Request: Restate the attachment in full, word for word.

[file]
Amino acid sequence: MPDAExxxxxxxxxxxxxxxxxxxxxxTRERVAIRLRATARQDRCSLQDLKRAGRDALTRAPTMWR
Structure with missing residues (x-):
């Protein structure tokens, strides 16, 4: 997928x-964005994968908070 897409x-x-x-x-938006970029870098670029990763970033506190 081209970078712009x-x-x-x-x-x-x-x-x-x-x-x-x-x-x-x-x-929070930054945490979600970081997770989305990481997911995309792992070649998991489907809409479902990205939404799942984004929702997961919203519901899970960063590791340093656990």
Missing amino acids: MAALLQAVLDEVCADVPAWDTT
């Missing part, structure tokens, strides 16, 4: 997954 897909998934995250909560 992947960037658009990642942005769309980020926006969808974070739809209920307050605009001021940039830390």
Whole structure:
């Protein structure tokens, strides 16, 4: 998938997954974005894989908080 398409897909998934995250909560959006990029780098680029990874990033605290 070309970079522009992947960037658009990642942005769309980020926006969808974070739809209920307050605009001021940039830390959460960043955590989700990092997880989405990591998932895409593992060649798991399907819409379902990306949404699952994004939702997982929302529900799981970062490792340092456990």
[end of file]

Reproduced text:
Amino acid sequence: MPDAExxxxxxxxxxxxxxxxxxxxxxTRERVAIRLRATARQDRCSLQDLKRAGRDALTRAPTMWR
Structure with missing residues (x-):
């Protein structure tokens, strides 16, 4: 997928x-964005994968908070 897409x-x-x-x-938006970029870098670029990763970033506190 081209970078712009x-x-x-x-x-x-x-x-x-x-x-x-x-x-x-x-x-929070930054945490979600970081997770989305990481997911995309792992070649998991489907809409479902990205939404799942984004929702997961919203519901899970960063590791340093656990």
Missing amino acids: MAALLQAVLDEVCADVPAWDTT
């Missing part, structure tokens, strides 16, 4: 997954 897909998934995250909560 992947960037658009990642942005769309980020926006969808974070739809209920307050605009001021940039830390």
Whole structure:
């Protein structure tokens, strides 16, 4: 998938997954974005894989908080 398409897909998934995250909560959006990029780098680029990874990033605290 070309970079522009992947960037658009990642942005769309980020926006969808974070739809209920307050605009001021940039830390959460960043955590989700990092997880989405990591998932895409593992060649798991399907819409379902990306949404699952994004939702997982929302529900799981970062490792340092456990």